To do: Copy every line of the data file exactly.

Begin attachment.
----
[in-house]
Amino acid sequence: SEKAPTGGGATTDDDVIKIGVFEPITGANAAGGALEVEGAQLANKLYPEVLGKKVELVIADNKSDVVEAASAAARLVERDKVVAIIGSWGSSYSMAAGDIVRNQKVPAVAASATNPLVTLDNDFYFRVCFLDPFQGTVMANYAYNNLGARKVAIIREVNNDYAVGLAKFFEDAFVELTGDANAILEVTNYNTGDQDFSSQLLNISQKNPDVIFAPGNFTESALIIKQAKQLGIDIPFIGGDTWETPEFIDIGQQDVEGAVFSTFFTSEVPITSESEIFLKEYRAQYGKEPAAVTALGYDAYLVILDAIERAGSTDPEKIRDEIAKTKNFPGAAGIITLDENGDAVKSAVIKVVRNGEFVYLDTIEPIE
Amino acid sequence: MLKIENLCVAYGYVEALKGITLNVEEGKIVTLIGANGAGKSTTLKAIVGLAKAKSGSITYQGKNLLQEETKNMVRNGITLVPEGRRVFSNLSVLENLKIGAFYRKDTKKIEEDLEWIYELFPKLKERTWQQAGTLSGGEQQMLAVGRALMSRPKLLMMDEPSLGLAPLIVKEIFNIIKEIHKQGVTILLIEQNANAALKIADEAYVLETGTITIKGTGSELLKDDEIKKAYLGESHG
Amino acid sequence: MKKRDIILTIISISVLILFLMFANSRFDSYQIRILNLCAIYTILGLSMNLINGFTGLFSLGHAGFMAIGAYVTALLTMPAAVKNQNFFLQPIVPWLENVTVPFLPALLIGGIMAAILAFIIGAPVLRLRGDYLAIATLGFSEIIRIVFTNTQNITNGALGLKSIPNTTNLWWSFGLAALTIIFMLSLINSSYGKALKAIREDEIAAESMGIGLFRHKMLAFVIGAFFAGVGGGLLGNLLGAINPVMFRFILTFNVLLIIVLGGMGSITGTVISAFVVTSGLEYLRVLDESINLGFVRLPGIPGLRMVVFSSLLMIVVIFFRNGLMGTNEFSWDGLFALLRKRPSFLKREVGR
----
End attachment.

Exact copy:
[in-house]
Amino acid sequence: SEKAPTGGGATTDDDVIKIGVFEPITGANAAGGALEVEGAQLANKLYPEVLGKKVELVIADNKSDVVEAASAAARLVERDKVVAIIGSWGSSYSMAAGDIVRNQKVPAVAASATNPLVTLDNDFYFRVCFLDPFQGTVMANYAYNNLGARKVAIIREVNNDYAVGLAKFFEDAFVELTGDANAILEVTNYNTGDQDFSSQLLNISQKNPDVIFAPGNFTESALIIKQAKQLGIDIPFIGGDTWETPEFIDIGQQDVEGAVFSTFFTSEVPITSESEIFLKEYRAQYGKEPAAVTALGYDAYLVILDAIERAGSTDPEKIRDEIAKTKNFPGAAGIITLDENGDAVKSAVIKVVRNGEFVYLDTIEPIE
Amino acid sequence: MLKIENLCVAYGYVEALKGITLNVEEGKIVTLIGANGAGKSTTLKAIVGLAKAKSGSITYQGKNLLQEETKNMVRNGITLVPEGRRVFSNLSVLENLKIGAFYRKDTKKIEEDLEWIYELFPKLKERTWQQAGTLSGGEQQMLAVGRALMSRPKLLMMDEPSLGLAPLIVKEIFNIIKEIHKQGVTILLIEQNANAALKIADEAYVLETGTITIKGTGSELLKDDEIKKAYLGESHG
Amino acid sequence: MKKRDIILTIISISVLILFLMFANSRFDSYQIRILNLCAIYTILGLSMNLINGFTGLFSLGHAGFMAIGAYVTALLTMPAAVKNQNFFLQPIVPWLENVTVPFLPALLIGGIMAAILAFIIGAPVLRLRGDYLAIATLGFSEIIRIVFTNTQNITNGALGLKSIPNTTNLWWSFGLAALTIIFMLSLINSSYGKALKAIREDEIAAESMGIGLFRHKMLAFVIGAFFAGVGGGLLGNLLGAINPVMFRFILTFNVLLIIVLGGMGSITGTVISAFVVTSGLEYLRVLDESINLGFVRLPGIPGLRMVVFSSLLMIVVIFFRNGLMGTNEFSWDGLFALLRKRPSFLKREVGR